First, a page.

Premier Enterprise Catalog

Project Year: 2006

We would like to express our gratitude towards the following people who participated in this project and provided incredible amount of help, courage and support:

Larry Renooy
Bernie Van Spronsen
Susan Bilczo
Patricia Newbold
Wim Kanis
Jason Davies
John Koetsier
Suzan Pearson

Premier School Agendas Ltd. is a student success and education services company with offices located in Langley, BC, Canada, and Bellingham, WA, USA.

Premier’s main speciality is manufacturing and distributing large selections of customized Student Success Agendas and Character development resources. Their goal is to meet the unique needs of every school and their students in USA and Canada.

Like many businesses, Premier is using their corporate website to market their products and services. This is specially critical if client schools are located in remote areas that are not easily accessible to Premier’s army of sales people.

Why did this project happen?

Prior to winter 2006, Premier’s corporate website was operating using a combination of static and semi-dynamic pages. Their corporate website lacked the required flexibilities to effectively deliver their products and marketing information. This was in fact affecting the merit of their online presence.

Premier had previously hired a well known Graphic Design and Advertisement agency to design the page layouts for their corporate websites. The design agency had used web authoring tools such as Macromedia Dreamweaver to design their web pages. Those pages were later on somehow mashed with a set of Perl scripts written by the Premier’s Technology Solutions team.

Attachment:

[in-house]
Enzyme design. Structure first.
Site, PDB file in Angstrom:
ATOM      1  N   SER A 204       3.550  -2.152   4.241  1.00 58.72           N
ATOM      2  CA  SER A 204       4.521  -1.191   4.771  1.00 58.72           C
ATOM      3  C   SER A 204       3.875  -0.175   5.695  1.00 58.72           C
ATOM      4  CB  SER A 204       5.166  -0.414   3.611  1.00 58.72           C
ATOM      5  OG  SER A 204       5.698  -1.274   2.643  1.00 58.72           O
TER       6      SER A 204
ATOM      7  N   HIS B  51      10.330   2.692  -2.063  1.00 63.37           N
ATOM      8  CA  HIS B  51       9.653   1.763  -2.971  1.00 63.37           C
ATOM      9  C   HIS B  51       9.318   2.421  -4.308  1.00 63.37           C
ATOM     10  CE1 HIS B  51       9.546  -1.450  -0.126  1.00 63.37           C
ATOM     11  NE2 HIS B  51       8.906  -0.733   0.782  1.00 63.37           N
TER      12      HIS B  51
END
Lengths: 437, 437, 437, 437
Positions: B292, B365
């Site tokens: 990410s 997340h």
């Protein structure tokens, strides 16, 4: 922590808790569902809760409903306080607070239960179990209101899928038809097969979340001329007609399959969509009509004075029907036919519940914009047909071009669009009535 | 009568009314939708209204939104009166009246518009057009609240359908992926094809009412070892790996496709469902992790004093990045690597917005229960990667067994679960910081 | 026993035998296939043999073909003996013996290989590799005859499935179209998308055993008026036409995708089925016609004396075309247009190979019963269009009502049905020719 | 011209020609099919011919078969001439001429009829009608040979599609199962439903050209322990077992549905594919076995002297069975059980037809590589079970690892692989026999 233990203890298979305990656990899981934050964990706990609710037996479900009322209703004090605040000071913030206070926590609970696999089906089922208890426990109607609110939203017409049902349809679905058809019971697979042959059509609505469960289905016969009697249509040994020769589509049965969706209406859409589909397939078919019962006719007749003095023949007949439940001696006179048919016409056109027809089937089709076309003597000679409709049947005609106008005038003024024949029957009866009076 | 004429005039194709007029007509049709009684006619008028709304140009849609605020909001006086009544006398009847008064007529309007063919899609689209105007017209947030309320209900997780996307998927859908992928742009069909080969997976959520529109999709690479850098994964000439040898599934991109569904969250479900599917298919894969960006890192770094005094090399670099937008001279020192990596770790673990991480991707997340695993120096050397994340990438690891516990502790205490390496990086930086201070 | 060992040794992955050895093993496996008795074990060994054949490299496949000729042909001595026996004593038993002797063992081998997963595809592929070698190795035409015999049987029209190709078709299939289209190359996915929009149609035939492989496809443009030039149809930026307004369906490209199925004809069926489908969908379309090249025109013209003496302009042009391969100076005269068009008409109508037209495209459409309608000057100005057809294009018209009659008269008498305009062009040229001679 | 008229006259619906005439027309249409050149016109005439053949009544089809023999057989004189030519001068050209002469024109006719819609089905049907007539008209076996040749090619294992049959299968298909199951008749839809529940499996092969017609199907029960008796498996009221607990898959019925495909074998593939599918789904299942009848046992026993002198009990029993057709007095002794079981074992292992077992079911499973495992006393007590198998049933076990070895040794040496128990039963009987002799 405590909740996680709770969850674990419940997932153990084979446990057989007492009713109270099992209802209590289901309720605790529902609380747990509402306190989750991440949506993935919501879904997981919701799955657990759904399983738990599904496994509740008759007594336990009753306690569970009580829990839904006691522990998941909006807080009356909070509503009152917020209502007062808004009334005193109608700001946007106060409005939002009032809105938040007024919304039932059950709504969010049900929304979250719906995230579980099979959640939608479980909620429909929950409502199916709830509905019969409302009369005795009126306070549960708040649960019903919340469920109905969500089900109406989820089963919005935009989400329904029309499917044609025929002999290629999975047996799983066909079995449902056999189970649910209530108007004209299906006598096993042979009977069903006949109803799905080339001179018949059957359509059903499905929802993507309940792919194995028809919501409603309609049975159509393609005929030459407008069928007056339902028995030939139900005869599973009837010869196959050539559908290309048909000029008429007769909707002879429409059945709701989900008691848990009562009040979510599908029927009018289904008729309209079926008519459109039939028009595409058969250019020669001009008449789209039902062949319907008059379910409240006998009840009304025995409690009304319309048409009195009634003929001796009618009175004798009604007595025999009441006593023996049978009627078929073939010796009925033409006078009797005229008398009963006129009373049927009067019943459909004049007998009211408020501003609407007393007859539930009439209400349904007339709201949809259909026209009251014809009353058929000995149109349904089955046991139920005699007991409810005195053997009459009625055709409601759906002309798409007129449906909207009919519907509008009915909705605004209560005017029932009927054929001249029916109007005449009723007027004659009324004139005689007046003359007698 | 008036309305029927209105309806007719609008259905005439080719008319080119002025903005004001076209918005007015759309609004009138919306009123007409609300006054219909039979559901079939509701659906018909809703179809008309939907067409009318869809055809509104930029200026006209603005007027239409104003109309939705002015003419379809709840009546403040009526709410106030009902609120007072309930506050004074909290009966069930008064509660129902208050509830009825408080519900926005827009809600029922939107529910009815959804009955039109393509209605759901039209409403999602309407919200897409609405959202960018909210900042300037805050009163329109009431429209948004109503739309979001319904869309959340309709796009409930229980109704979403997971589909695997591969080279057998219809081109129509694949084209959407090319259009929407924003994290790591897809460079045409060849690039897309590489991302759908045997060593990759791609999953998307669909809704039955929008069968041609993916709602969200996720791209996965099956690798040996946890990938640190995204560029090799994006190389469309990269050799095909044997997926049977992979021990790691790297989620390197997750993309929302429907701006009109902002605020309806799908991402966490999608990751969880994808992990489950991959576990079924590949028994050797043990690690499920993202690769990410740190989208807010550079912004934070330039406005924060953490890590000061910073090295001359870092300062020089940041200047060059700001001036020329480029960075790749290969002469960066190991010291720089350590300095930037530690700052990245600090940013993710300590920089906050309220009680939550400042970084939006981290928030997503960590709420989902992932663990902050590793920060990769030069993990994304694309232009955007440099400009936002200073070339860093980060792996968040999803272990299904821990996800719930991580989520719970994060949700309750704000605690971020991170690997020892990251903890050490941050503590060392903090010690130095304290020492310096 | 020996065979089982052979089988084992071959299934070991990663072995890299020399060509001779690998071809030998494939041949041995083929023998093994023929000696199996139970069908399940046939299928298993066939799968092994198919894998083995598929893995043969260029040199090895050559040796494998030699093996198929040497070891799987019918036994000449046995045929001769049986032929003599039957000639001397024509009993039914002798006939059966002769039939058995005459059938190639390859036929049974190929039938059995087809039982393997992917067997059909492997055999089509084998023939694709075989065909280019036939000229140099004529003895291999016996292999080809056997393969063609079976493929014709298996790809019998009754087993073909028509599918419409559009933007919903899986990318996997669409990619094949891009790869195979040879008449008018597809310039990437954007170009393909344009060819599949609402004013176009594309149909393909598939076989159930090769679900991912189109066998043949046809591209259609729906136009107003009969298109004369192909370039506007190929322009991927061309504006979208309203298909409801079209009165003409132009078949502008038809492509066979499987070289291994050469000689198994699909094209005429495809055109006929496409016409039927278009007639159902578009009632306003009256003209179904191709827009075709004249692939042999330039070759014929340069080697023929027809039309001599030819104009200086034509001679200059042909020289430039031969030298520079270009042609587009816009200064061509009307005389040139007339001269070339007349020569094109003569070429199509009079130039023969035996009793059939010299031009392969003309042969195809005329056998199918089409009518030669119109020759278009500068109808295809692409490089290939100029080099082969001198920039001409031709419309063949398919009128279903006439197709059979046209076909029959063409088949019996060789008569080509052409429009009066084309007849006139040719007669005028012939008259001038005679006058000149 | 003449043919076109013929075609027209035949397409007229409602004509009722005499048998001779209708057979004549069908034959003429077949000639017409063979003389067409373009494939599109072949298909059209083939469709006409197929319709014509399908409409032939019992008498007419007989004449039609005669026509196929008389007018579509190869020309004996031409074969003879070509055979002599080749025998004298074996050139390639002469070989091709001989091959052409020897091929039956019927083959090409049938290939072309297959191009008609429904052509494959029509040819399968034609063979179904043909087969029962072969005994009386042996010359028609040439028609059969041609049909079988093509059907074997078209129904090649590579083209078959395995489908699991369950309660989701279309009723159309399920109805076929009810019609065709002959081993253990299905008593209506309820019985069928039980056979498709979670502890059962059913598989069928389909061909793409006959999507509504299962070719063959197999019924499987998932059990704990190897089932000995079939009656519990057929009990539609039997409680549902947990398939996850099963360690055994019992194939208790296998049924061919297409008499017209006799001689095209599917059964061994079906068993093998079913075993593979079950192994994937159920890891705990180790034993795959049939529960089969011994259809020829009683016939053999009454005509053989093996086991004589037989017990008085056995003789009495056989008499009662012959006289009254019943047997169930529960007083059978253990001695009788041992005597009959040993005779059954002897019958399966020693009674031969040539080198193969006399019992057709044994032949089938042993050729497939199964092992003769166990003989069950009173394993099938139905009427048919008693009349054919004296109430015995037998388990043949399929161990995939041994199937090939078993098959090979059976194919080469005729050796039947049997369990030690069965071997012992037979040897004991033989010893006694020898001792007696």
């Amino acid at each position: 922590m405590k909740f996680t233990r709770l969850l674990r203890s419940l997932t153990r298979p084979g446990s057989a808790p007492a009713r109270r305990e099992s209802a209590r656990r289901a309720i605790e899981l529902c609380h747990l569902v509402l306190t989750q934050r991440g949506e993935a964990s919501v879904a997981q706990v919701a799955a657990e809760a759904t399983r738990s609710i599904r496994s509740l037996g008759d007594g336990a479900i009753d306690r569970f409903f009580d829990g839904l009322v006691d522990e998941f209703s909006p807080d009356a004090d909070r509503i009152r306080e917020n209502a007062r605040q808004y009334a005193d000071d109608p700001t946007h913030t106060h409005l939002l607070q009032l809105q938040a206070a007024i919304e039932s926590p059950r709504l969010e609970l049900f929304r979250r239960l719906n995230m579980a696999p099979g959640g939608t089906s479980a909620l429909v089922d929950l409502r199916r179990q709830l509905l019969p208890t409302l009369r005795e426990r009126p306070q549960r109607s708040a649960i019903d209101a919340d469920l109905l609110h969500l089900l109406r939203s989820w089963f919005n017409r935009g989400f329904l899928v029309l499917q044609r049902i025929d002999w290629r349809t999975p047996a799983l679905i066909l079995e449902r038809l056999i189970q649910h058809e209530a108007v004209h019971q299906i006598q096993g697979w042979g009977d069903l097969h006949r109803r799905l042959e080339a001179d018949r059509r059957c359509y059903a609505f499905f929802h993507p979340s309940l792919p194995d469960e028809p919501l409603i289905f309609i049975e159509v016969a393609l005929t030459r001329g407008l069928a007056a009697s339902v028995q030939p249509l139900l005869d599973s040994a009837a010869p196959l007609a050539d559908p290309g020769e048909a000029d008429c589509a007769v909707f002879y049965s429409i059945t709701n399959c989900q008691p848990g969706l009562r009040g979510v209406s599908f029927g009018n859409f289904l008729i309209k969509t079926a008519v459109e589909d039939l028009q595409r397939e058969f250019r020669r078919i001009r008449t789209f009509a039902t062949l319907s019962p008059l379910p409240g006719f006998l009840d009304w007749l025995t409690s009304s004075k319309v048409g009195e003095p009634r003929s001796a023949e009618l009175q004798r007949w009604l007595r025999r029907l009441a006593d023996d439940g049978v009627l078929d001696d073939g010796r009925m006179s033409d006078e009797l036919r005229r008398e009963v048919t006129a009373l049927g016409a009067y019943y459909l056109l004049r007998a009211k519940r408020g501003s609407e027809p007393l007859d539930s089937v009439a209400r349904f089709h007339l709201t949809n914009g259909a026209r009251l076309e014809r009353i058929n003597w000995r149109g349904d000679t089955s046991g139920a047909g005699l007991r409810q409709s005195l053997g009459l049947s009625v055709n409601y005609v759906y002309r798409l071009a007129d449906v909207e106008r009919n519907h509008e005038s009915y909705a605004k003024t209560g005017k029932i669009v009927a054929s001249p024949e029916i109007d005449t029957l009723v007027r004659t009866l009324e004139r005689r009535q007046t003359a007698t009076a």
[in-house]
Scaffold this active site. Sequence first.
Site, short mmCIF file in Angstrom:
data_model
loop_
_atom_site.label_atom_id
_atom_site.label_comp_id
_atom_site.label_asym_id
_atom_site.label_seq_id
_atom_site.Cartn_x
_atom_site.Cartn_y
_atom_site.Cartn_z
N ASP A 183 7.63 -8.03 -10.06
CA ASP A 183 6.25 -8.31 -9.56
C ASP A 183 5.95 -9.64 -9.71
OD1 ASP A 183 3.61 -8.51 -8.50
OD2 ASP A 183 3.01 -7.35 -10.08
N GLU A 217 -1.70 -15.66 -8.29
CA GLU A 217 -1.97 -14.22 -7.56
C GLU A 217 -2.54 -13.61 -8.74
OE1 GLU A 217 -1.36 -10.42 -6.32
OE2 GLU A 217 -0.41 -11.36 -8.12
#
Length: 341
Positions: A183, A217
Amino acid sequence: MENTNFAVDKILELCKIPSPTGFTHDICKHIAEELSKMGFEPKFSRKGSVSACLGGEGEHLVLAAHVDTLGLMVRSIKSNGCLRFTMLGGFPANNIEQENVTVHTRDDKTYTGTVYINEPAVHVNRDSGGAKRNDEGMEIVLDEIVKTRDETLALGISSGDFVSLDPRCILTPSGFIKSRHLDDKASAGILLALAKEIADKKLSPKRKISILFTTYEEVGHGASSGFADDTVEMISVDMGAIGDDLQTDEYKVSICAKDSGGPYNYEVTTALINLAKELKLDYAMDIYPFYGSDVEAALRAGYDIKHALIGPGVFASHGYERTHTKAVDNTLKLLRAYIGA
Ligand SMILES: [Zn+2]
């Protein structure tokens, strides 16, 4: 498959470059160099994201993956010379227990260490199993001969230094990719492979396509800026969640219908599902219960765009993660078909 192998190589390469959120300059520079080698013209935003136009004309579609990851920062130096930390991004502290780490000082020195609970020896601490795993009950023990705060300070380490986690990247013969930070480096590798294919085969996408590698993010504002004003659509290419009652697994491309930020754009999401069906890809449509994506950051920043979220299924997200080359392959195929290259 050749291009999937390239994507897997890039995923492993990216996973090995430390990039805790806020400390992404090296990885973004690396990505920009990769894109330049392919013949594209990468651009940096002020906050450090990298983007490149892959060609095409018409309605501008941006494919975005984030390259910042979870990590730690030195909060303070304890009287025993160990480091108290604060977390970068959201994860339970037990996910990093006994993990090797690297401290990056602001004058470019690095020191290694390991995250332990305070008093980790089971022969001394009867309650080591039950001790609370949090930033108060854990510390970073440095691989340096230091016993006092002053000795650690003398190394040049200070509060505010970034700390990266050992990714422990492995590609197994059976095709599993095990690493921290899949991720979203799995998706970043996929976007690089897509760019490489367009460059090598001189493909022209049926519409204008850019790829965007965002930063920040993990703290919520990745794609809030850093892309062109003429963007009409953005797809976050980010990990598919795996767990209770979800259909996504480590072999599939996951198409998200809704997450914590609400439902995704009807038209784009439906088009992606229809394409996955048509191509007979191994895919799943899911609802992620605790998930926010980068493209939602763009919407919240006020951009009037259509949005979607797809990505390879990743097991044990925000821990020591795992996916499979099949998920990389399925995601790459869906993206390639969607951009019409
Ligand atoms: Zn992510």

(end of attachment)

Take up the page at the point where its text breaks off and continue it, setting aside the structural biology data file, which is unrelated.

The produced web pages consists of many nested tables and unnecessary graphics. Web pages had large file sizes and the text content was literally trapped under layers of poor quality HTML code. Web pages also did not render properly according to the W3C standards, and it was difficult for the Search Engine bots to read and index the website content.

A big portion of the content was fused with the website HTML code and Perl scripts, as a result it was very difficult and time consuming to update the website. For every request placed by the marketing department, Technology Solution’s team had to dive into a cluster of bloated HTML and Perl scripts to make updates. This could have taken days or weeks to accomplish.

Website layouts were done following a restrictive corporate guideline based on obsolete web design practices. In addition to that, each content update had slightly damaged the layout of pages, so after a series of updates within a year, the visual consistency of the corporate website had been decaying.